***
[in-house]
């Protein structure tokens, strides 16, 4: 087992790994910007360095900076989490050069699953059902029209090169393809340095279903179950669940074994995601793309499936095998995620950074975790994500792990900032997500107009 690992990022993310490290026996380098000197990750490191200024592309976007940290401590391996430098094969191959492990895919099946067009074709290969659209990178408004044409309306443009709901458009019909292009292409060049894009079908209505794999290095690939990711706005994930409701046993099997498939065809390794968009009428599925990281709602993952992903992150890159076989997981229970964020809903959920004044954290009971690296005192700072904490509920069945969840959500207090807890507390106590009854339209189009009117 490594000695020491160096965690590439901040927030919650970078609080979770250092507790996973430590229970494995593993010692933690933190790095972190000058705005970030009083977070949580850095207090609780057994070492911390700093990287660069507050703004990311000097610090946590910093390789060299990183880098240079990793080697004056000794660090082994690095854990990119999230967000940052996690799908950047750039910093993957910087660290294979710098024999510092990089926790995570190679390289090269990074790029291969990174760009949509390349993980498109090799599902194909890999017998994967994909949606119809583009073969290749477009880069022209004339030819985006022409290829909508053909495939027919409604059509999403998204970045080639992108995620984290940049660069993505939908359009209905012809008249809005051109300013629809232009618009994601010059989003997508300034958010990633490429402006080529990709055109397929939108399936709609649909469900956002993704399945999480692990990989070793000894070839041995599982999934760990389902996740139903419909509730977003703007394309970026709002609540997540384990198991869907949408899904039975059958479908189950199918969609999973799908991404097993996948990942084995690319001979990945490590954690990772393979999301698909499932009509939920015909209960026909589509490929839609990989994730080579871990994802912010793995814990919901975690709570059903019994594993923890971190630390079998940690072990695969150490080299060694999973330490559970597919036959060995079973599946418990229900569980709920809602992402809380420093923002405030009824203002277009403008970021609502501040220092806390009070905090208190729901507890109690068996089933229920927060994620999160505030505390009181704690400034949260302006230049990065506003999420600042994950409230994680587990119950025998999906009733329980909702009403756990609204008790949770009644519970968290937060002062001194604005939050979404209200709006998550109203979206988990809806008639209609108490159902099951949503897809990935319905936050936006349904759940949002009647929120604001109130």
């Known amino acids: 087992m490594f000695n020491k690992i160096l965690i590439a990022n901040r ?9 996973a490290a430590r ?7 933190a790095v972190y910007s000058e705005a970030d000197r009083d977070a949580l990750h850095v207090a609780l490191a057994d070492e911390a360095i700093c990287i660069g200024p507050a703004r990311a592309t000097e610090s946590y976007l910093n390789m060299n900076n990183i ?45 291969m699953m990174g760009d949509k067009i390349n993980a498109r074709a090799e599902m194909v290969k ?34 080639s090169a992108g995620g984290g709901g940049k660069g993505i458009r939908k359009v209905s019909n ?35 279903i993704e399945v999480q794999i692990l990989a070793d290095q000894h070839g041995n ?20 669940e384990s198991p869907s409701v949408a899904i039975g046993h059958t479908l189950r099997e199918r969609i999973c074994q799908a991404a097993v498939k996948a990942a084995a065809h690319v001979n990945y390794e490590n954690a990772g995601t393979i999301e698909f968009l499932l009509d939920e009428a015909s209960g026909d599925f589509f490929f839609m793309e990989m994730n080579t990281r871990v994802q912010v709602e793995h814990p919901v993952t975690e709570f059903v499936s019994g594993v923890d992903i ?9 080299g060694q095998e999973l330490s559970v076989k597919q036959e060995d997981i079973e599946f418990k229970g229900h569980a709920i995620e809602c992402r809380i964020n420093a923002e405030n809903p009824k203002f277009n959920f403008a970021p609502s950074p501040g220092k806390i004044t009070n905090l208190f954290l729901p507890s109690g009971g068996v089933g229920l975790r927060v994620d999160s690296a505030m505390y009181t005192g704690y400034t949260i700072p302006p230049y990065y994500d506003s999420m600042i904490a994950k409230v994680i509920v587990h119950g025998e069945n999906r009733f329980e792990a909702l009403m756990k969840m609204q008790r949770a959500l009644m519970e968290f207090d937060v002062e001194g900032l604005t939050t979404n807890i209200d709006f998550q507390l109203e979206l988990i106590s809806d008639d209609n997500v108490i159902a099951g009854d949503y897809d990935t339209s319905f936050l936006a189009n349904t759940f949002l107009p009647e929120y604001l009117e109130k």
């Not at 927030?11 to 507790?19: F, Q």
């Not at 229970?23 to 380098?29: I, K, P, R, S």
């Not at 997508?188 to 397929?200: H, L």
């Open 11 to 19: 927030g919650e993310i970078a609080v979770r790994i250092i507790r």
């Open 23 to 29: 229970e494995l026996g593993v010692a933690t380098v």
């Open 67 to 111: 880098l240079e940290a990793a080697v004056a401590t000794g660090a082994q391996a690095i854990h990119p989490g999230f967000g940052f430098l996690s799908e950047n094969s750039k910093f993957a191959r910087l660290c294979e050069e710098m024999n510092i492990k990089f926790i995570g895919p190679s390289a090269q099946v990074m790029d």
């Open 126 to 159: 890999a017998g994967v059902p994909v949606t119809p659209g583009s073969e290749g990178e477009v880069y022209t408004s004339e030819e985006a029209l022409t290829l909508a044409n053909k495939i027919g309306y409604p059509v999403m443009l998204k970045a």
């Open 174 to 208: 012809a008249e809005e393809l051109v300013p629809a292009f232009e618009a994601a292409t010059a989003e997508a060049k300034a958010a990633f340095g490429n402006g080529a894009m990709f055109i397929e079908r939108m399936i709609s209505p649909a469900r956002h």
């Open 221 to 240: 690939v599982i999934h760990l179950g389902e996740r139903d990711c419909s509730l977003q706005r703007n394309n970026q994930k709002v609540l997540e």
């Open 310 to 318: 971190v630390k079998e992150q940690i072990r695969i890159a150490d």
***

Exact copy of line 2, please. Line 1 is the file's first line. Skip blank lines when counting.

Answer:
């Protein structure tokens, strides 16, 4: 087992790994910007360095900076989490050069699953059902029209090169393809340095279903179950669940074994995601793309499936095998995620950074975790994500792990900032997500107009 690992990022993310490290026996380098000197990750490191200024592309976007940290401590391996430098094969191959492990895919099946067009074709290969659209990178408004044409309306443009709901458009019909292009292409060049894009079908209505794999290095690939990711706005994930409701046993099997498939065809390794968009009428599925990281709602993952992903992150890159076989997981229970964020809903959920004044954290009971690296005192700072904490509920069945969840959500207090807890507390106590009854339209189009009117 490594000695020491160096965690590439901040927030919650970078609080979770250092507790996973430590229970494995593993010692933690933190790095972190000058705005970030009083977070949580850095207090609780057994070492911390700093990287660069507050703004990311000097610090946590910093390789060299990183880098240079990793080697004056000794660090082994690095854990990119999230967000940052996690799908950047750039910093993957910087660290294979710098024999510092990089926790995570190679390289090269990074790029291969990174760009949509390349993980498109090799599902194909890999017998994967994909949606119809583009073969290749477009880069022209004339030819985006022409290829909508053909495939027919409604059509999403998204970045080639992108995620984290940049660069993505939908359009209905012809008249809005051109300013629809232009618009994601010059989003997508300034958010990633490429402006080529990709055109397929939108399936709609649909469900956002993704399945999480692990990989070793000894070839041995599982999934760990389902996740139903419909509730977003703007394309970026709002609540997540384990198991869907949408899904039975059958479908189950199918969609999973799908991404097993996948990942084995690319001979990945490590954690990772393979999301698909499932009509939920015909209960026909589509490929839609990989994730080579871990994802912010793995814990919901975690709570059903019994594993923890971190630390079998940690072990695969150490080299060694999973330490559970597919036959060995079973599946418990229900569980709920809602992402809380420093923002405030009824203002277009403008970021609502501040220092806390009070905090208190729901507890109690068996089933229920927060994620999160505030505390009181704690400034949260302006230049990065506003999420600042994950409230994680587990119950025998999906009733329980909702009403756990609204008790949770009644519970968290937060002062001194604005939050979404209200709006998550109203979206988990809806008639209609108490159902099951949503897809990935319905936050936006349904759940949002009647929120604001109130």